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The Panagia Chrysopolitissa church is one of the important historical sites in Pafos.
© Michael Turtle

The Basilica of Chrysopolitissa

The Basilica of Chrysopolitissa is part of the World Heritage site. It was built in the second half of the 4th century AD and was one of the largest churches on the island.

It was destroyed by invaders but there’s still lots to see in the ruins that remain. Elevated walkways have been built over the excavations of the original basilica, allowing you to look down and see some of the impressive mosaic floors that have been preserved. You’ll also be able to get a sense of the scale of the basilica, which would have dominated this part of the city.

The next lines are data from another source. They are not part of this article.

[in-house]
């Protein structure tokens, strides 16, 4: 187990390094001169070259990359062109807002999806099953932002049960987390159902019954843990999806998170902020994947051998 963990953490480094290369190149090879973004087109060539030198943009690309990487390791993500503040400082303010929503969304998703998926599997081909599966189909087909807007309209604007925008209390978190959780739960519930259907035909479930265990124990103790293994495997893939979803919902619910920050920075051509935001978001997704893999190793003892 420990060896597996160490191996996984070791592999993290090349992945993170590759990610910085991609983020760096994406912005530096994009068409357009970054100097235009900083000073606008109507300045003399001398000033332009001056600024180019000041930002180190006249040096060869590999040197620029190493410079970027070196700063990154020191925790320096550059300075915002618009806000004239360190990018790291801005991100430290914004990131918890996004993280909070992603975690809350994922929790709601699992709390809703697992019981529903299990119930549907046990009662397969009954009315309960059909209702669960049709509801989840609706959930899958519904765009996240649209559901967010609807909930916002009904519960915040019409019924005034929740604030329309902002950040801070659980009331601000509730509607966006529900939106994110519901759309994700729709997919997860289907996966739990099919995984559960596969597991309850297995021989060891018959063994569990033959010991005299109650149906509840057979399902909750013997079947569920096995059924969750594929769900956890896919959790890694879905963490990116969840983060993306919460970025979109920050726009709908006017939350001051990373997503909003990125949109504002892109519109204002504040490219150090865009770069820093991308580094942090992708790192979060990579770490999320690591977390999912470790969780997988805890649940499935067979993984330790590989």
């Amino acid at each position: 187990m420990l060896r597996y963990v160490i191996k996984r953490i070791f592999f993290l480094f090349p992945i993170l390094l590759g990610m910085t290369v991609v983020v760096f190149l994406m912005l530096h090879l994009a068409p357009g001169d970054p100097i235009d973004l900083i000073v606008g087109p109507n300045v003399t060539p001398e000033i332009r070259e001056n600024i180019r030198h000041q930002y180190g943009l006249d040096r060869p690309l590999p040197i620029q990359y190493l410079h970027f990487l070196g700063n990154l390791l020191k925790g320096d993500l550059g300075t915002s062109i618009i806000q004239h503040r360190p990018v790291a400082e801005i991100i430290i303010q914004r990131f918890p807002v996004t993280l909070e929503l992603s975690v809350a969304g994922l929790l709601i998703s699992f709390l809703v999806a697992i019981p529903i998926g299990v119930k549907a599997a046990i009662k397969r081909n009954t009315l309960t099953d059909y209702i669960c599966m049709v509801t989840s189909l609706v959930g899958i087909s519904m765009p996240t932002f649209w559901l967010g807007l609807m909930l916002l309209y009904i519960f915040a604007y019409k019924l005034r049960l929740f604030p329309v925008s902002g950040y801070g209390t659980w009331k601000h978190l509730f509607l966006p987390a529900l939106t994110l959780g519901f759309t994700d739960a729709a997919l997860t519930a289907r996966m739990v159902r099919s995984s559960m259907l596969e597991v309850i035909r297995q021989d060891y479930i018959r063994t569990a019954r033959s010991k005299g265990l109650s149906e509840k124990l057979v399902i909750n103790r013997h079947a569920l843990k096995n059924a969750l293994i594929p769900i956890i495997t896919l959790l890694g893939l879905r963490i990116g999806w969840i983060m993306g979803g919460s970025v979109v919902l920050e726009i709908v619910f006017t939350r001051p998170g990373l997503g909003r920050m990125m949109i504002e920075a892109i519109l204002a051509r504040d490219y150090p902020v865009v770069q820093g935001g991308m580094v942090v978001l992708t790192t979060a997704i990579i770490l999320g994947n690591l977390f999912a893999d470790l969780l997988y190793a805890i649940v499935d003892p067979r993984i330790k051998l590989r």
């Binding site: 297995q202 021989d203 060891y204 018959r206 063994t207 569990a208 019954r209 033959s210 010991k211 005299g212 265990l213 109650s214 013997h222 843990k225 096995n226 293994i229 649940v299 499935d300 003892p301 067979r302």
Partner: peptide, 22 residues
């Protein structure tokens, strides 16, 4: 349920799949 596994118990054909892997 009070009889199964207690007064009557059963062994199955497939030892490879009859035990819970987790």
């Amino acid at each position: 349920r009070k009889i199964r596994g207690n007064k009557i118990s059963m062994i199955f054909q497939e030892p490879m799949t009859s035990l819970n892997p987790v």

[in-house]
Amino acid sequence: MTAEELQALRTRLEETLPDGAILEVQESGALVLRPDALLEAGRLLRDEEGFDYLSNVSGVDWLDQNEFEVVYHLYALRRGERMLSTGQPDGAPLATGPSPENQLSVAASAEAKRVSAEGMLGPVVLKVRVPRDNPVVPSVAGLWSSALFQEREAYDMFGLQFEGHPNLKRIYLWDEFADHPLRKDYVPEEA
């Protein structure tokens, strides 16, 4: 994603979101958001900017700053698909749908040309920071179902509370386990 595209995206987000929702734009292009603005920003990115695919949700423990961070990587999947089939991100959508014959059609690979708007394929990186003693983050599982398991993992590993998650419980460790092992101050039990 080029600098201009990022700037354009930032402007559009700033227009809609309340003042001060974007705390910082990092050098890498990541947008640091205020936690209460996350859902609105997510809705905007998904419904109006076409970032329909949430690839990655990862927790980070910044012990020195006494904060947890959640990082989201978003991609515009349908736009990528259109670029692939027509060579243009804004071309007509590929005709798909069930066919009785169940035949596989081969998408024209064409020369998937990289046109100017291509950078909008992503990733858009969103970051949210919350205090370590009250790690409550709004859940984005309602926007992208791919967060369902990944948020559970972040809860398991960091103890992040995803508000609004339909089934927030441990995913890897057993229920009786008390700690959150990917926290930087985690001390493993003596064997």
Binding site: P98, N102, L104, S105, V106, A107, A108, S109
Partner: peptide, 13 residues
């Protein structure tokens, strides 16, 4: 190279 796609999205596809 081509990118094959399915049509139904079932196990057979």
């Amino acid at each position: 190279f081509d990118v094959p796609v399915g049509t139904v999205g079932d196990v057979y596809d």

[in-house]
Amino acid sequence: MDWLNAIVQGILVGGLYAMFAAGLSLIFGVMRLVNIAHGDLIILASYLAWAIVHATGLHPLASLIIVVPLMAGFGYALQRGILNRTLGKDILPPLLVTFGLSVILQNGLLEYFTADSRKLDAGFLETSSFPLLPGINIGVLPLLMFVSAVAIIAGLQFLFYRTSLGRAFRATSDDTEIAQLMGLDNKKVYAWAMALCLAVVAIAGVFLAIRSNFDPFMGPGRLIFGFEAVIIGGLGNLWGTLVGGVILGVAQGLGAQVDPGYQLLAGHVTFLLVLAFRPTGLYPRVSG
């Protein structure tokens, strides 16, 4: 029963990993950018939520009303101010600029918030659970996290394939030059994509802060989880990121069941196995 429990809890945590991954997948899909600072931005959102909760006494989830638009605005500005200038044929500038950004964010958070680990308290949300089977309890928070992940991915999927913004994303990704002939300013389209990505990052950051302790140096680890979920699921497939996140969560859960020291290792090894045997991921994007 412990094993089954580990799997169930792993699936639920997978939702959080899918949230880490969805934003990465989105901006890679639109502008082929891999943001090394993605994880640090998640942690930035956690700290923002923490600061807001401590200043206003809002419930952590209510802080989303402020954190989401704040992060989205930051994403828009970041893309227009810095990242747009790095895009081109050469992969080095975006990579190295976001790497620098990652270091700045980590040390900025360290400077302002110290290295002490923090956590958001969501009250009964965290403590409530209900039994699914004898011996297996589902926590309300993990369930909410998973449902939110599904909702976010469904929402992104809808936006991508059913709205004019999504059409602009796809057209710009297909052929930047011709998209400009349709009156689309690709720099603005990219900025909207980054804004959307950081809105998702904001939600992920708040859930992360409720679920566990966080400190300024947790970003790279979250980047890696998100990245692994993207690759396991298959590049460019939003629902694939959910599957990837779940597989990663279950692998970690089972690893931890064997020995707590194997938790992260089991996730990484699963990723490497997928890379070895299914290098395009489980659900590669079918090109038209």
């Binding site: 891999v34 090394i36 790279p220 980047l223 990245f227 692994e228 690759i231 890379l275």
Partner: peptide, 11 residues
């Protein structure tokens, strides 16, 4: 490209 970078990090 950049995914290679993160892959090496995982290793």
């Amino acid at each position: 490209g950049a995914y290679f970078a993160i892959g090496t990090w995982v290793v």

Originally it had seven aisles, which were reduced to five during alterations in the 6th century. In the central aisle, three unique figural scenes representing Christian allegories are preserved.

As you come into the church’s ground, you’ll also notice St Paul's Pillar. Legend has it that this is where St Paul was whipped due to his efforts to preach Christianity, before the Roman Governor Sergius Paulus was converted to Christianity.

In the middle of the site you will also find a medieval church, built around 1500 AD. It is still operational and is used as the main Anglican church in Pafos. You can go inside and see some beautiful traditional religious artwork. If you’re lucky, you may even catch a wedding taking place.


The Basilica of Chrysopolitissa


Open daily:
Low season (16th September – 15th April):
8:30 - 17:00
High season (16th April – 15th September):
8:30 - 19:30


Entrance: Free